an angled foot at the bottom of the stem often distinguishes the upper case graph. As with several of this scribe's manuscripts, the initial letter of the line is tipped with yellow.
Usage: ner
in this manuscript the scribe uses modern 'r' almost all the time in every position. In some manuscripts by this scribe, modern 'r' is rarely seen (Oxford, Corpus Christi College 198, for example).
Usage: cry
on the three folios taken for sampling, long 'r' is used on fewer than five occasions.
Usage: for
'z'-shaped 'r' is used frequently, not only after 'o' but also after many round-bodied graphs.
Usage: afer
'r' in final position with upward turn. A typical feature of this scribe's punctuation follows.
Usage: was
8-shaped 's' is used in final position only.
Usage: houndes
kidney-shaped 's' is used rarely on the folios sampled in this manuscript. In other manuscripts by this scribe, this 's' is used almost exclusively in final position.
Usage: seie
long 's' is used in initial and medial positions. The small 'wing' to the left of the stem is visible in this image. Long 's' does not descend much below the level of surrounding graphs.
Usage: So
upper case 'S' tipped with yellow paint as the first letter in the line.
Usage: was
this is the consistent shape for the scribe's 'w' in most manuscripts, though perhaps with rounder aspect rather than the more vertical spread here. The left limb is smooth, slightly lower than the middle arm and the 'B'-shaped element to the right is neatly executed. However in Egerton1991, 'w' has a noticeably greater vertical impetus as in version 2.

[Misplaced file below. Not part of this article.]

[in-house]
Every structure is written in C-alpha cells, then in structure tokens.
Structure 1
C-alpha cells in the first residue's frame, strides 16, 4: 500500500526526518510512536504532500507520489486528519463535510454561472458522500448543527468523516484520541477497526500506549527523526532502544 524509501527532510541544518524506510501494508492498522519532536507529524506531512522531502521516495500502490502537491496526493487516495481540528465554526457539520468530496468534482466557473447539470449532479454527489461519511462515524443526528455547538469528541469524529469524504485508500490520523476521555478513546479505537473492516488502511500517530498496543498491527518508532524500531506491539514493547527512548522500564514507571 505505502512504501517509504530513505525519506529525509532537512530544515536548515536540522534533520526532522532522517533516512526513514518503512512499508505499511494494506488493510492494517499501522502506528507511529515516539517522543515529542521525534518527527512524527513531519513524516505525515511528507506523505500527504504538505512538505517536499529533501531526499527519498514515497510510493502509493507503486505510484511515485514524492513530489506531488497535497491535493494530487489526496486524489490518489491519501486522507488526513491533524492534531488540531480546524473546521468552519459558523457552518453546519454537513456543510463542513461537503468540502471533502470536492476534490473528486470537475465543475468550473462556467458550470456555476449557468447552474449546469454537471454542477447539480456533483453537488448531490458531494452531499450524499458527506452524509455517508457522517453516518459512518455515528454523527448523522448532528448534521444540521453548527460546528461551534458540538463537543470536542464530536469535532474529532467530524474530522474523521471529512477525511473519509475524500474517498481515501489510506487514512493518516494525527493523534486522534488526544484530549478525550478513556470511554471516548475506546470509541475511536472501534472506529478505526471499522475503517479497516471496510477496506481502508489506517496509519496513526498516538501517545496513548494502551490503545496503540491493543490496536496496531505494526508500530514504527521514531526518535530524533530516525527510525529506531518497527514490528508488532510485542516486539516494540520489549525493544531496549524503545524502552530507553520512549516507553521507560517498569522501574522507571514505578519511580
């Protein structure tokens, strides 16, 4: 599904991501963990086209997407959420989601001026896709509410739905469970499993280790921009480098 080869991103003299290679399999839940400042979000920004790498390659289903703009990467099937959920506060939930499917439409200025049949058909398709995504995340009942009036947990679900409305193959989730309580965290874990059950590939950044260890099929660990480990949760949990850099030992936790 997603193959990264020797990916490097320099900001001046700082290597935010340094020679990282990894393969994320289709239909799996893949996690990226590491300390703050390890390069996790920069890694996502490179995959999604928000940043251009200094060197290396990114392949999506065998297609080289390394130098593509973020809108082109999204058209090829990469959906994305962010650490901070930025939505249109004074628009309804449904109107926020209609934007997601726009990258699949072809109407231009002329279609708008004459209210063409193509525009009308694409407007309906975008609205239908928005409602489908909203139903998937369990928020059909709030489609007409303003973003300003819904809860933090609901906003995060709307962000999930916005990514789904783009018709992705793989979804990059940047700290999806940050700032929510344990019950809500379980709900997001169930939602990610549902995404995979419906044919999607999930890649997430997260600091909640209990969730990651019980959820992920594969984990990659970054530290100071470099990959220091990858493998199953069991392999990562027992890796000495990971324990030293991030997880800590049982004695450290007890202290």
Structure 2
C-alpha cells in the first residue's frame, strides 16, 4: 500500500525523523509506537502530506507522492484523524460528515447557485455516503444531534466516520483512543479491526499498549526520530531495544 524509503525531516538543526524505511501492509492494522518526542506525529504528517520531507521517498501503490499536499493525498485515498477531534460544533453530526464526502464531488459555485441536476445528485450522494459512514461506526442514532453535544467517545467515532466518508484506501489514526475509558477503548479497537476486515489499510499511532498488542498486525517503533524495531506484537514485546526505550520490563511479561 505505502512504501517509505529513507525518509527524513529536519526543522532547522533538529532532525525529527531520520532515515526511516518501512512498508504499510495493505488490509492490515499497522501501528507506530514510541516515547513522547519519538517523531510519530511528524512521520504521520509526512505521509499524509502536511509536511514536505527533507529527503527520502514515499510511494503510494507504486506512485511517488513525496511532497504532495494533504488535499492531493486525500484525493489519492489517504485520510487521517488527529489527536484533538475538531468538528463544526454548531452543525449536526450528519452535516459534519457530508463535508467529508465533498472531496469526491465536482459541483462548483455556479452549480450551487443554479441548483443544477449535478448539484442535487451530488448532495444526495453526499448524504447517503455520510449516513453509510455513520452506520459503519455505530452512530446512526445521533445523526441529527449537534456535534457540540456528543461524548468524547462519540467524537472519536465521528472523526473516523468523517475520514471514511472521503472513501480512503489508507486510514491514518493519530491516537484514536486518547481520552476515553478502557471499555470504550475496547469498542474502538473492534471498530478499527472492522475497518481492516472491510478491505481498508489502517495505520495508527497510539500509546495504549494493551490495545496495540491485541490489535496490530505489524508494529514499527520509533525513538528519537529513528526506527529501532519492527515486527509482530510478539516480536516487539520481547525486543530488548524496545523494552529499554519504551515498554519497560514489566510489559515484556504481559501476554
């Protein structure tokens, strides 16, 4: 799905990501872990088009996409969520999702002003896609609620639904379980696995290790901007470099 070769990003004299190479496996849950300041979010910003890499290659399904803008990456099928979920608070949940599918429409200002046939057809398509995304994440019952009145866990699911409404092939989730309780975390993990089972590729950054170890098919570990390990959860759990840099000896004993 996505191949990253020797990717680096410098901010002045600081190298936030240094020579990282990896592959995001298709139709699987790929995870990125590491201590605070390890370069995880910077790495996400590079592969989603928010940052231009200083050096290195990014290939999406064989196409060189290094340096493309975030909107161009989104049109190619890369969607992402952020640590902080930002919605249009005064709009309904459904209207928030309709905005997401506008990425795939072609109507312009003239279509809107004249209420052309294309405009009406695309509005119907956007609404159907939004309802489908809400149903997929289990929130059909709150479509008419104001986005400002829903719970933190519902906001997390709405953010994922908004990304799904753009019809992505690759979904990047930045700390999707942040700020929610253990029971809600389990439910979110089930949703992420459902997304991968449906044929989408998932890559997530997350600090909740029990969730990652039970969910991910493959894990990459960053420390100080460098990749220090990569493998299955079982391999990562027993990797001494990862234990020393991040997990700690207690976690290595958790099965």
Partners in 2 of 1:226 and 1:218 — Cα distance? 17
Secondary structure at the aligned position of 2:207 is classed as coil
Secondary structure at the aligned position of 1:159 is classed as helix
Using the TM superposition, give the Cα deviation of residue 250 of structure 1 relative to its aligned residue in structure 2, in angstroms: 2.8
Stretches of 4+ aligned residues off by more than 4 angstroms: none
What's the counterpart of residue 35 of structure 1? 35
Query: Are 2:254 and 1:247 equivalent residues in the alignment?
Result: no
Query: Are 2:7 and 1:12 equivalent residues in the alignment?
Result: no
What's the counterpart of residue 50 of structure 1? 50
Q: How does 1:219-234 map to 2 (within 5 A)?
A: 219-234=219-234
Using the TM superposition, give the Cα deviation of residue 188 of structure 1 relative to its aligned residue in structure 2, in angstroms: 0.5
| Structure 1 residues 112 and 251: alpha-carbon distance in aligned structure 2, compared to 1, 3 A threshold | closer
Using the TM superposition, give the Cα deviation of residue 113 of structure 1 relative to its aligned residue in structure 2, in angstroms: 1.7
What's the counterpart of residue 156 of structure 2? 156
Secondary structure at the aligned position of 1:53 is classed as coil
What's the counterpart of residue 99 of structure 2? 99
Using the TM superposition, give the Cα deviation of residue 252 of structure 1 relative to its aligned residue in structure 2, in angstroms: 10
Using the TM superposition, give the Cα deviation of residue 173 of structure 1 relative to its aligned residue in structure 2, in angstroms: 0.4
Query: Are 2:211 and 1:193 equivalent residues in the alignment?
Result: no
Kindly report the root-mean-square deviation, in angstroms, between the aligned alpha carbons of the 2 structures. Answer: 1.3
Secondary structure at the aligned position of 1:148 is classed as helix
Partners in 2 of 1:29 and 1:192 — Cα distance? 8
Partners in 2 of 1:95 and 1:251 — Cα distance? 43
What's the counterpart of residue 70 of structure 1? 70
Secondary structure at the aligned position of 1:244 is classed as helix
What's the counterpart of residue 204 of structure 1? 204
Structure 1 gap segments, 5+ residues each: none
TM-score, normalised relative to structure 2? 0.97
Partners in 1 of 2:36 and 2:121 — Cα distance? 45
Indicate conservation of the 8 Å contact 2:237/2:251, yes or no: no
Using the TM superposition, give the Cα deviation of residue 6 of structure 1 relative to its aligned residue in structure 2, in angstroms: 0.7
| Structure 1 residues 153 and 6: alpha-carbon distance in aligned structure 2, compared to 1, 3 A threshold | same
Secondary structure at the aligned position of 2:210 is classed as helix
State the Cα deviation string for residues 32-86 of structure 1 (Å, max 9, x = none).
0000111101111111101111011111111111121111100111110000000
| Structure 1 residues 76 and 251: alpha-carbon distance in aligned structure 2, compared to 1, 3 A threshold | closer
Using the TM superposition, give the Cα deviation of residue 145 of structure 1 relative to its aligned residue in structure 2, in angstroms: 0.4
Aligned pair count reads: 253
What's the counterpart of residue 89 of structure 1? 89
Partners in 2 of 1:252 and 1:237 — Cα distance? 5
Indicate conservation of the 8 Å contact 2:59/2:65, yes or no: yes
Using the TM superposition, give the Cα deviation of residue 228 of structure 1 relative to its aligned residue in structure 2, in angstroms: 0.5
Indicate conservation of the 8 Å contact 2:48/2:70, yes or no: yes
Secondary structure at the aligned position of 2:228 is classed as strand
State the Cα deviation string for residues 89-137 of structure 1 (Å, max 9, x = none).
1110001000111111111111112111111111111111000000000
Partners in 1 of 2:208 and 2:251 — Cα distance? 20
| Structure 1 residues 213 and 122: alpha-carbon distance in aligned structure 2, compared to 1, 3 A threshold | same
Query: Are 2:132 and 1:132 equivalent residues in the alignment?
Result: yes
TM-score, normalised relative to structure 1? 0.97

Usage: which
many 'w's in Egerton 1991 have a small angled foot at the lower end of the left arm. With the more vertical aspect this has the effect of making the graph seem more angular.
Usage: world
intriguing evidence of approach strokes to the left and middle elements.
Usage: Was
an unusual example of a straight left arm. This word occurs at the beginning of a line. The missing curve at the top of the left arm could be the result of addition over an erasure which is not apparent.
Usage: poynt
in several manuscripts by this scribe, 'y' is usually dotted whilst 'i' has the curved stroke above seen here. In Egerton 1991, the scribe uses the curved stroke to 'dot' both 'i' and 'y' and does not differentiate.
Usage: þy
the left arm of the graph is almost straight.
Usage: ymage
the tail of 'y' varies in length. The fork is usually at the lower level of surrounding graphs.
Usage: Thay
an unusual reverse flick at the end of the tail.
Thorn and Yogh
Usage: þrostle
thorn is used frequently and for all purposes. It is not restricted to pronouns or adjectives but is used commonly for third person singular verb endings.
Usage: baþe